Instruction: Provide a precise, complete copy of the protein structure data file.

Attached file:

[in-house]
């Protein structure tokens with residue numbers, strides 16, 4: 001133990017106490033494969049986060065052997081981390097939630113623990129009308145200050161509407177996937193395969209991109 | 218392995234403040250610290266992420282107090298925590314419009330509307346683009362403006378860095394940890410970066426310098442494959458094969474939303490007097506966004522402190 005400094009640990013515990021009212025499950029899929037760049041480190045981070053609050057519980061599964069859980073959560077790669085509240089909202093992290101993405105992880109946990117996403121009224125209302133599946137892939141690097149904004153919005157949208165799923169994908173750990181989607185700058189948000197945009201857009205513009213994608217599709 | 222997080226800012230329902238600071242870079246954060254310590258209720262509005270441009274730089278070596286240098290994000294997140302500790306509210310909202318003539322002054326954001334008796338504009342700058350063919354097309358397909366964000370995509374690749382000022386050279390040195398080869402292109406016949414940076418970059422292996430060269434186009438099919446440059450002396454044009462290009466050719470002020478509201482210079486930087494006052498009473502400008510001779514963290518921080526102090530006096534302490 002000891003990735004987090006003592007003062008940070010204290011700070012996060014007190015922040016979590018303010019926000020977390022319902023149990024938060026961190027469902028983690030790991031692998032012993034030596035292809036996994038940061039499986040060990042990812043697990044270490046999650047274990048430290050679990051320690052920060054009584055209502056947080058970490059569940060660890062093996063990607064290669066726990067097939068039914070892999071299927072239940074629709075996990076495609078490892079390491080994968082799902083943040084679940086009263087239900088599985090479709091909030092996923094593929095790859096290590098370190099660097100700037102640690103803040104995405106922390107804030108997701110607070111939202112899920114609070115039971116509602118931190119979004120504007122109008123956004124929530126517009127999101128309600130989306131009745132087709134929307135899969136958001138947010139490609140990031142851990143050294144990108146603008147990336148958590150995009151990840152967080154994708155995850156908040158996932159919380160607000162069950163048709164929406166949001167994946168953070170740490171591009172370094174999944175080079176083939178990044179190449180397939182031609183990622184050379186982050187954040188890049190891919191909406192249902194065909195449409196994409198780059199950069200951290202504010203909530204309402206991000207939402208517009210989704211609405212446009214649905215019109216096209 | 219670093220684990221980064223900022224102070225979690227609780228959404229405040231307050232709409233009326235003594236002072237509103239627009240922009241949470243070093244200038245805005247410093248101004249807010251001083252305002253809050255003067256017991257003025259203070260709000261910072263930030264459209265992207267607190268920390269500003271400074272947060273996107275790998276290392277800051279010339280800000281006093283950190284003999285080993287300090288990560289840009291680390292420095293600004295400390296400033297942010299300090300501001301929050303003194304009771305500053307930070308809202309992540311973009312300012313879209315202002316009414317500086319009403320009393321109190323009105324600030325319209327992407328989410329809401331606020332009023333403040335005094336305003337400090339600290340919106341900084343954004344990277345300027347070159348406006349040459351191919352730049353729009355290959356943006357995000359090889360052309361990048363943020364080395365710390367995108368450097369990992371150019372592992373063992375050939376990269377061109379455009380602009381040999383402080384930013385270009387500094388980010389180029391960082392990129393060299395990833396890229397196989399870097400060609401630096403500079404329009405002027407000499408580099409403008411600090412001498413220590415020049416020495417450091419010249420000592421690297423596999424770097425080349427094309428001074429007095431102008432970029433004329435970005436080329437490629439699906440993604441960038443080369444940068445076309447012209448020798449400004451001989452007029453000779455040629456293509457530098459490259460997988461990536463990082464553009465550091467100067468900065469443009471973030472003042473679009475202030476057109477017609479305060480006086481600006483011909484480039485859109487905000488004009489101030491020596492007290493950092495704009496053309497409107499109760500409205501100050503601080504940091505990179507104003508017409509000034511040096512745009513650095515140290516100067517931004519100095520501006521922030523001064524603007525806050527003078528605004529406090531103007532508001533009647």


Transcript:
[in-house]
């Protein structure tokens with residue numbers, strides 16, 4: 001133990017106490033494969049986060065052997081981390097939630113623990129009308145200050161509407177996937193395969209991109 | 218392995234403040250610290266992420282107090298925590314419009330509307346683009362403006378860095394940890410970066426310098442494959458094969474939303490007097506966004522402190 005400094009640990013515990021009212025499950029899929037760049041480190045981070053609050057519980061599964069859980073959560077790669085509240089909202093992290101993405105992880109946990117996403121009224125209302133599946137892939141690097149904004153919005157949208165799923169994908173750990181989607185700058189948000197945009201857009205513009213994608217599709 | 222997080226800012230329902238600071242870079246954060254310590258209720262509005270441009274730089278070596286240098290994000294997140302500790306509210310909202318003539322002054326954001334008796338504009342700058350063919354097309358397909366964000370995509374690749382000022386050279390040195398080869402292109406016949414940076418970059422292996430060269434186009438099919446440059450002396454044009462290009466050719470002020478509201482210079486930087494006052498009473502400008510001779514963290518921080526102090530006096534302490 002000891003990735004987090006003592007003062008940070010204290011700070012996060014007190015922040016979590018303010019926000020977390022319902023149990024938060026961190027469902028983690030790991031692998032012993034030596035292809036996994038940061039499986040060990042990812043697990044270490046999650047274990048430290050679990051320690052920060054009584055209502056947080058970490059569940060660890062093996063990607064290669066726990067097939068039914070892999071299927072239940074629709075996990076495609078490892079390491080994968082799902083943040084679940086009263087239900088599985090479709091909030092996923094593929095790859096290590098370190099660097100700037102640690103803040104995405106922390107804030108997701110607070111939202112899920114609070115039971116509602118931190119979004120504007122109008123956004124929530126517009127999101128309600130989306131009745132087709134929307135899969136958001138947010139490609140990031142851990143050294144990108146603008147990336148958590150995009151990840152967080154994708155995850156908040158996932159919380160607000162069950163048709164929406166949001167994946168953070170740490171591009172370094174999944175080079176083939178990044179190449180397939182031609183990622184050379186982050187954040188890049190891919191909406192249902194065909195449409196994409198780059199950069200951290202504010203909530204309402206991000207939402208517009210989704211609405212446009214649905215019109216096209 | 219670093220684990221980064223900022224102070225979690227609780228959404229405040231307050232709409233009326235003594236002072237509103239627009240922009241949470243070093244200038245805005247410093248101004249807010251001083252305002253809050255003067256017991257003025259203070260709000261910072263930030264459209265992207267607190268920390269500003271400074272947060273996107275790998276290392277800051279010339280800000281006093283950190284003999285080993287300090288990560289840009291680390292420095293600004295400390296400033297942010299300090300501001301929050303003194304009771305500053307930070308809202309992540311973009312300012313879209315202002316009414317500086319009403320009393321109190323009105324600030325319209327992407328989410329809401331606020332009023333403040335005094336305003337400090339600290340919106341900084343954004344990277345300027347070159348406006349040459351191919352730049353729009355290959356943006357995000359090889360052309361990048363943020364080395365710390367995108368450097369990992371150019372592992373063992375050939376990269377061109379455009380602009381040999383402080384930013385270009387500094388980010389180029391960082392990129393060299395990833396890229397196989399870097400060609401630096403500079404329009405002027407000499408580099409403008411600090412001498413220590415020049416020495417450091419010249420000592421690297423596999424770097425080349427094309428001074429007095431102008432970029433004329435970005436080329437490629439699906440993604441960038443080369444940068445076309447012209448020798449400004451001989452007029453000779455040629456293509457530098459490259460997988461990536463990082464553009465550091467100067468900065469443009471973030472003042473679009475202030476057109477017609479305060480006086481600006483011909484480039485859109487905000488004009489101030491020596492007290493950092495704009496053309497409107499109760500409205501100050503601080504940091505990179507104003508017409509000034511040096512745009513650095515140290516100067517931004519100095520501006521922030523001064524603007525806050527003078528605004529406090531103007532508001533009647």